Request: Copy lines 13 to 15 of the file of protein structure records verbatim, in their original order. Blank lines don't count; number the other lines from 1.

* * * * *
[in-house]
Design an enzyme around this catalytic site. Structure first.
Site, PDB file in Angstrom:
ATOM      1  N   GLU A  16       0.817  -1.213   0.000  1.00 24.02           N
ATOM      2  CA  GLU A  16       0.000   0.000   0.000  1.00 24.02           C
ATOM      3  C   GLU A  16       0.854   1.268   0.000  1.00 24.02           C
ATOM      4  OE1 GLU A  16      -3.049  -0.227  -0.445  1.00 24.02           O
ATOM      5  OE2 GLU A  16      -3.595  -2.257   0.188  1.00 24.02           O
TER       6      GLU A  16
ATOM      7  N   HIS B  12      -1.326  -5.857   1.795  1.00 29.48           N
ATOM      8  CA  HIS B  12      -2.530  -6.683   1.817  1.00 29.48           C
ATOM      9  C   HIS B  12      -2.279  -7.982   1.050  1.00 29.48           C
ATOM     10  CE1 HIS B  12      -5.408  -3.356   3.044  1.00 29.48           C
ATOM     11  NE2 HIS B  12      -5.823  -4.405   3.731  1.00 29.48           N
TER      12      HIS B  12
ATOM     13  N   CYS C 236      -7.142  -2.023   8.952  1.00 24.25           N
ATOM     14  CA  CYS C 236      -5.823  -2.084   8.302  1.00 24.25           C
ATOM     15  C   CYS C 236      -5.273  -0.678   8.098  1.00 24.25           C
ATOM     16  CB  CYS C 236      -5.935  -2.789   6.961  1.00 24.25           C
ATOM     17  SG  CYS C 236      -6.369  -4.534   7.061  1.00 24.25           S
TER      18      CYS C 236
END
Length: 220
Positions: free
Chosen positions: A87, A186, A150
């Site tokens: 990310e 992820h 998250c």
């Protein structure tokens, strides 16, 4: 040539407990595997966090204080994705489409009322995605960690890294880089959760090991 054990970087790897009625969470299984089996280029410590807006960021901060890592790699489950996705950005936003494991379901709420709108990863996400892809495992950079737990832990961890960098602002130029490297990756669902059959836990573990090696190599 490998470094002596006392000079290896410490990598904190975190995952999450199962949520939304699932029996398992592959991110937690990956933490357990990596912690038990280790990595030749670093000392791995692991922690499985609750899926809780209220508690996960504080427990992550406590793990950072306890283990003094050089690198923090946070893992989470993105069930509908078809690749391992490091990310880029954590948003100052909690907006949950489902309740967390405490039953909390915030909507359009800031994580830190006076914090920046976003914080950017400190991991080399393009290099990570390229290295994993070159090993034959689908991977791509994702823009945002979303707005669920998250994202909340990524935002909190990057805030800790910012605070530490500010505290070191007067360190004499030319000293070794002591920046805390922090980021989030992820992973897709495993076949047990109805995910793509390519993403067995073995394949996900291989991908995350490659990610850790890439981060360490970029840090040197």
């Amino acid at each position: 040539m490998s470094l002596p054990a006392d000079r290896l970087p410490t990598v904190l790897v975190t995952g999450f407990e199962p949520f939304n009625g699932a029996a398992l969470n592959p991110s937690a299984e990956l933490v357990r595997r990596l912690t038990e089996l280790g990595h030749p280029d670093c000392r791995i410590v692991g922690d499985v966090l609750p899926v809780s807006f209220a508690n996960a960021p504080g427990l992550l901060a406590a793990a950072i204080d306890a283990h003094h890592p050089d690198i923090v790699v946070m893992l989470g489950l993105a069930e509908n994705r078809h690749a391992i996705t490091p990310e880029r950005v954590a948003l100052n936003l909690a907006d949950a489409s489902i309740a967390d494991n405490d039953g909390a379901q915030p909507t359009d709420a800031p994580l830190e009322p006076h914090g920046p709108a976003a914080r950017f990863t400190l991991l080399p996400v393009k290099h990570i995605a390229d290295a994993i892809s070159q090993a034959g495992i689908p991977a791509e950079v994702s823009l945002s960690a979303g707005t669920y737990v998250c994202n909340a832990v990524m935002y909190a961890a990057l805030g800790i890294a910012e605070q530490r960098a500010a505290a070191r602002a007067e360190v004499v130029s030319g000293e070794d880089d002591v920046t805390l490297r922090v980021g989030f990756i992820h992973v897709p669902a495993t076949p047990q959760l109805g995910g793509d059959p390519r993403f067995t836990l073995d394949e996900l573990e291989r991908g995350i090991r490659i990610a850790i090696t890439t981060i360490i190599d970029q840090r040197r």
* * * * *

ATOM     10  CE1 HIS B  12      -5.408  -3.356   3.044  1.00 29.48           C
ATOM     11  NE2 HIS B  12      -5.823  -4.405   3.731  1.00 29.48           N
TER      12      HIS B  12